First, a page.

Supplementation with Vitamin D - How Much is Enough?
Vitamin D, also known as the sunshine vitamin, is necessary for human survival. While it is one of the more ‘popular’ vitamins in terms of supplementation, it is common to feel uncertain about how much vitamin D to take and if it is even required to supplement at all! Today we will be diving into what exactly vitamin D is, the causes of low vitamin D levels, and existing evidence behind vitamin D supplementation.
What is Vitamin D?
Vitamin D is a fat-soluble vitamin that is found naturally in a variety of foods including fatty fish, eggs, and cheese. Milk, cereals, and orange juice are examples of foods that are consistently fortified with Vitamin D in Canada. Aside from ingestion, vitamin D is also produced in the body when sunlight (in particular, UV rays) hits exposed skin.
One of the main purposes of vitamin D is to increase the absorption of calcium in the gut. This way, increased amounts of calcium allow your bones to grow properly and stay strong over time. There is also evidence that vitamin D helps reduce inflammation in the body, as well as supports the function of different types of cells.
A lack of vitamin D can result in rickets in children, a condition where the bones soften and become weaker, as well as osteomalacia, which is a similar condition that primarily affects adults. Both of these conditions can be prevented by adequate vitamin D supplementation.
What Causes Low Vitamin D?
As previously discussed, vitamin D is found in certain foods and synthesized in the body following exposure to sunlight. There are many causes of low vitamin D, with the main reasons being dietary patterns, poor absorption of vitamin D, and low sunlight exposure.
Those who limit or completely restrict milk and dairy products in their diet are likely to be vitamin D deficient. This is simply because dairy products often contain and are sometimes fortified with vitamin D. In addition, individuals who follow a vegetarian or vegan diet are likely unable to take in an adequate amount of vitamin D. Although fruits and vegetables contain vitamin D, foods high in vitamin D are skewed towards fatty fish, organ meats and dairy products.
It is important to note that even if vitamin D intake is adequate, those affected by conditions that limit fat absorption will likely experience vitamin D deficiency. Vitamin D is fat soluble - what this means is that the absorption of fat in the gut also facilitates the transit of vitamin D. Fat malabsorption conditions include liver disease and gut conditions such as inflammatory bowel disease.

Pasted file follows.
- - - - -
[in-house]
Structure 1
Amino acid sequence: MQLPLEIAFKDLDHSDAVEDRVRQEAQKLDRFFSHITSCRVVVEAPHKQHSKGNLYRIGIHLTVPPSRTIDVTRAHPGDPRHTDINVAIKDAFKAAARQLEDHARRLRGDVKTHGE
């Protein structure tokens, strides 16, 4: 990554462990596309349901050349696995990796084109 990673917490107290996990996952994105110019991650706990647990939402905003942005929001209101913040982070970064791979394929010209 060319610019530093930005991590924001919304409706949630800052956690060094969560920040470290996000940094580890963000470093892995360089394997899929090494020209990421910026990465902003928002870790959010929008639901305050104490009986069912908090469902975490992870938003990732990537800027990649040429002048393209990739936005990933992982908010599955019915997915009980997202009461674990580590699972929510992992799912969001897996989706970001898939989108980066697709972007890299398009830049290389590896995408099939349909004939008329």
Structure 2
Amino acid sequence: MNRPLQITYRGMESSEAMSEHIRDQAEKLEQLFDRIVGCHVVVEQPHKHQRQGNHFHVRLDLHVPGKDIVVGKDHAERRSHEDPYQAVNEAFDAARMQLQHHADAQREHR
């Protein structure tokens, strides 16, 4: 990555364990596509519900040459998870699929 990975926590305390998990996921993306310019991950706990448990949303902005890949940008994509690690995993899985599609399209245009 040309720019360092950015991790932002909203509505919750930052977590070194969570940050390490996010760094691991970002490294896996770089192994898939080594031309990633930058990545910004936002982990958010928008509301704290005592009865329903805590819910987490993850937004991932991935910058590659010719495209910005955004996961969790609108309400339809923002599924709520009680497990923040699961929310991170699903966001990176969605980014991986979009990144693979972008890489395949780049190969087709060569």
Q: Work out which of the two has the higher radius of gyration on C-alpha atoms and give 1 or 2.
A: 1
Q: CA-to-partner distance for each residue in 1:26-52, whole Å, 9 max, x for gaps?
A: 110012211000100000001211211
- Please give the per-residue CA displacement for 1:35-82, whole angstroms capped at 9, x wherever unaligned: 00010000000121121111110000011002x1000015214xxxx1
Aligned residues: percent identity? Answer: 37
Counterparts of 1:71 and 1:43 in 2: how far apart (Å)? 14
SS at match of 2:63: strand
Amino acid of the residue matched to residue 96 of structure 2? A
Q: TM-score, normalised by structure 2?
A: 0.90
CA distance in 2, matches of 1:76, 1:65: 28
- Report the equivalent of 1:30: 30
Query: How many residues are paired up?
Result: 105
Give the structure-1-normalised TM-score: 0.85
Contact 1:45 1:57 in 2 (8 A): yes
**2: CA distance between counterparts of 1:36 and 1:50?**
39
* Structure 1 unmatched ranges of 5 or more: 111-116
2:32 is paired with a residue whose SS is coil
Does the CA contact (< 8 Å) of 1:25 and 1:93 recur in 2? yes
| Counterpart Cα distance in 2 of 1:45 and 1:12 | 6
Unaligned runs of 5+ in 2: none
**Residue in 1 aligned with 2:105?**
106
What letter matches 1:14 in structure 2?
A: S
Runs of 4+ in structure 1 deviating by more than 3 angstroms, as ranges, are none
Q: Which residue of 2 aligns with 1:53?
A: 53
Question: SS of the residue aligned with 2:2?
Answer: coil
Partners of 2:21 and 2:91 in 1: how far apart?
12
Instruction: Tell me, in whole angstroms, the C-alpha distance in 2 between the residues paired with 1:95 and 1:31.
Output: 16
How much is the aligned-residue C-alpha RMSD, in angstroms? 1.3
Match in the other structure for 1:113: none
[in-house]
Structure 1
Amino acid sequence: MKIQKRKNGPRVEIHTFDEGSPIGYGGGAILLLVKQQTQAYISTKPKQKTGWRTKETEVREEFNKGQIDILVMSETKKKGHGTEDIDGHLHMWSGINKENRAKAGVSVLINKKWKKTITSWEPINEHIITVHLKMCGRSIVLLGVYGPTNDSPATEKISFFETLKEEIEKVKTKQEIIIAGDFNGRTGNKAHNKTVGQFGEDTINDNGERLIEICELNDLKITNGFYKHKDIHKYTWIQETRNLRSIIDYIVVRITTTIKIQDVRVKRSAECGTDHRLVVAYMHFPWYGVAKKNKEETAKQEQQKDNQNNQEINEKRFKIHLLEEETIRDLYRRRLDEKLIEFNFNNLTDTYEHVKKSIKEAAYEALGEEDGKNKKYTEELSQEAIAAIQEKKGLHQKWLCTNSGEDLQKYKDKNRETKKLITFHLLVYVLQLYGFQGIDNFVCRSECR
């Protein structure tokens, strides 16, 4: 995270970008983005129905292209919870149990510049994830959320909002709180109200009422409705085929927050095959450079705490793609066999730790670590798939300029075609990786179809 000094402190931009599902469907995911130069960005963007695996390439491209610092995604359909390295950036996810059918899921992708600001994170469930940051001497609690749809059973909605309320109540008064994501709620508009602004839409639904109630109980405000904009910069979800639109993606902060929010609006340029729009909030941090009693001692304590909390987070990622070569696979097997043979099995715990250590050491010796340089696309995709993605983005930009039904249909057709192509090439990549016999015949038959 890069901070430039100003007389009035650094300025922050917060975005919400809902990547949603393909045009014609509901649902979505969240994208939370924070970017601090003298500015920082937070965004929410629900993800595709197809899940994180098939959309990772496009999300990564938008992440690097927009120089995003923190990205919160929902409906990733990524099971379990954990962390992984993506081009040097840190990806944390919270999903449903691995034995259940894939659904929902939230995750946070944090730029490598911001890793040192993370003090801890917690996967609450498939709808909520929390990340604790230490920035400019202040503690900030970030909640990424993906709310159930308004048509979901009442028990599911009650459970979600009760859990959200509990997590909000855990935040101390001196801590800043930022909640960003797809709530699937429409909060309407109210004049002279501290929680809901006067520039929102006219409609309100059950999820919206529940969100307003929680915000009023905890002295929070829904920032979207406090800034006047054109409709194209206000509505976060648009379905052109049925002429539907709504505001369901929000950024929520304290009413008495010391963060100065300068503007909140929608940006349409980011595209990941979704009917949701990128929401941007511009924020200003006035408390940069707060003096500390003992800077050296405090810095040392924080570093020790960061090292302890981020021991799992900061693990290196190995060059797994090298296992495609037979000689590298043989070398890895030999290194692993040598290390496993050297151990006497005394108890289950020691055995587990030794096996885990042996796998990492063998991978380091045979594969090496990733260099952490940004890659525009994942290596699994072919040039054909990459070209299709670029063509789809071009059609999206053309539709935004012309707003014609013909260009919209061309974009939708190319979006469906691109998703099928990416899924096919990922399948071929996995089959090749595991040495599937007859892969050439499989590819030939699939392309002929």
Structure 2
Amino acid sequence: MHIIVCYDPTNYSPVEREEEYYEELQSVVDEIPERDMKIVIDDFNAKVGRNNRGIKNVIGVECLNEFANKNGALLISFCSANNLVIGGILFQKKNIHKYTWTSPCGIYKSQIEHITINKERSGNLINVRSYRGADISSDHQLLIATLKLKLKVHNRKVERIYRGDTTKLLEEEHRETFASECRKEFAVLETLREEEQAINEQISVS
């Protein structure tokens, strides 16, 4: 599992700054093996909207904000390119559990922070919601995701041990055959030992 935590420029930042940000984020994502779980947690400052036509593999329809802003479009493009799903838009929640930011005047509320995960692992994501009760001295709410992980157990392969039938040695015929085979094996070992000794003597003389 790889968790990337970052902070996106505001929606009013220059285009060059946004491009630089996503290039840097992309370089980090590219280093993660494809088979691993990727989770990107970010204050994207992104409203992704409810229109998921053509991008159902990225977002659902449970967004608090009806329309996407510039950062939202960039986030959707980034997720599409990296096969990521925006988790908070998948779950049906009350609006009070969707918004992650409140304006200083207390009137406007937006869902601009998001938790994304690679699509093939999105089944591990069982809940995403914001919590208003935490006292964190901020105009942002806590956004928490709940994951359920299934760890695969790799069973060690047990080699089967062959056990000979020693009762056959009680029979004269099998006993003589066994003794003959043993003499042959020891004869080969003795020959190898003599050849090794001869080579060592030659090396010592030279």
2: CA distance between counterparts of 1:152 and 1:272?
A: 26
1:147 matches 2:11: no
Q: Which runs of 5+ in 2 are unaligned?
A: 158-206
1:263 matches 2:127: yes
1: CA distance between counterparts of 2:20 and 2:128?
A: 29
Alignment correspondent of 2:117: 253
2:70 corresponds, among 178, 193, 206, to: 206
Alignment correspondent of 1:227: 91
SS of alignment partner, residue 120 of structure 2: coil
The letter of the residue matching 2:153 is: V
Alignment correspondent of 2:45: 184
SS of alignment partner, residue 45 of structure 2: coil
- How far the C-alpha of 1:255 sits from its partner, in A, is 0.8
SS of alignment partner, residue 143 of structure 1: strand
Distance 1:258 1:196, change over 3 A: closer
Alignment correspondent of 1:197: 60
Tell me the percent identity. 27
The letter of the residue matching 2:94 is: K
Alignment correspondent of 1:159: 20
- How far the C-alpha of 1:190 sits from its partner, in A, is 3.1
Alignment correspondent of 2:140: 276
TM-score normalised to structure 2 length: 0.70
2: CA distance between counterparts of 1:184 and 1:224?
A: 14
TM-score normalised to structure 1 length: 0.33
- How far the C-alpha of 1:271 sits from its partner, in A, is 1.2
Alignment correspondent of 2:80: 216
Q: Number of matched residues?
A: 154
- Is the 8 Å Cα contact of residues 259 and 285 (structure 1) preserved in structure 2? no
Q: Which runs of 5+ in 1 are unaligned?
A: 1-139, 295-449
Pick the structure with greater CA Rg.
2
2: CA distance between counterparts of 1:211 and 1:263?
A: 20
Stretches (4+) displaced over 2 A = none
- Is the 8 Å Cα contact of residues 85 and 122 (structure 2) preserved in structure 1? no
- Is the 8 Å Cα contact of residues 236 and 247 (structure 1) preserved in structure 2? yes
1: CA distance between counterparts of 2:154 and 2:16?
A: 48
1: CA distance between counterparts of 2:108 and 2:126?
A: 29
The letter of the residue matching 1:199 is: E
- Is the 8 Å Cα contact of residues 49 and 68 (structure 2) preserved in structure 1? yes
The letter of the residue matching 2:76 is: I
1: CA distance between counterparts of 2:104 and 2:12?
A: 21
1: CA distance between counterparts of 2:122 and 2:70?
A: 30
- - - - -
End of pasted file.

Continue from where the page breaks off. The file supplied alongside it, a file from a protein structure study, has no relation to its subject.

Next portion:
Finally, the lack of exposure to sunlight is determined by a variety of different factors. Those who are homebound, live at northern latitudes where the hours of sunlight are reduced, and wear clothing that covers exposed skin fall under this category. Without skin exposure to sunlight, the body cannot produce vitamin D at sufficient levels.
Treatment for Vitamin D Deficiency
It is recommended that adults and children treat vitamin D deficiency by increasing vitamin D intake via dietary changes and supplements. There is conflicting evidence regarding dosing for the purposes of supplementation, and Health Canada has published guidelines on dietary reference intakes for vitamin D (shown below).
Research suggests that a daily dose for vitamin D of 800 IU or less is more beneficial than 800 IU or more to reduce death from all causes. Even though supplementation may be required, using high doses of vitamin D to correct deficiencies may result in adverse effects such as over-calcification of the bones. It is extremely important to seek advice from a healthcare provider prior to supplementation with vitamin D, to ensure doses of vitamin D are both safe and effective.
Canadians live at more northern latitudes in colder temperatures. While vitamin D deficiency is not uncommon, it is key to maintain a sense of balance during supplementation. EasyDrugs pharmacists are available to answer your questions about vitamin D supplementation, and you can even order vitamin D supplements online for quick delivery!
- Office of Dietary Supplements - Vitamin D [Internet]. [cited 2021 Dec 17]. Available from: https://ods.od.nih.gov/factsheets/VitaminD-HealthProfessional/
- Canada H. Vitamin D and Calcium: Updated Dietary Reference Intakes [Internet]. 2008 [cited 2021 Dec 17]. Available from: https://www.canada.ca/en/health-canada/services/food-nutrition/healthy-eating/vitamins-minerals/vitamin-calcium-updated-dietary-reference-intakes-nutrition.html
- Zheng Y, Zhu J, Zhou M, Cui L, Yao W, Liu Y. Meta-Analysis of Long-Term Vitamin D Supplementation on Overall Mortality. PLOS ONE. 2013 Dec 3;8(12):e82109.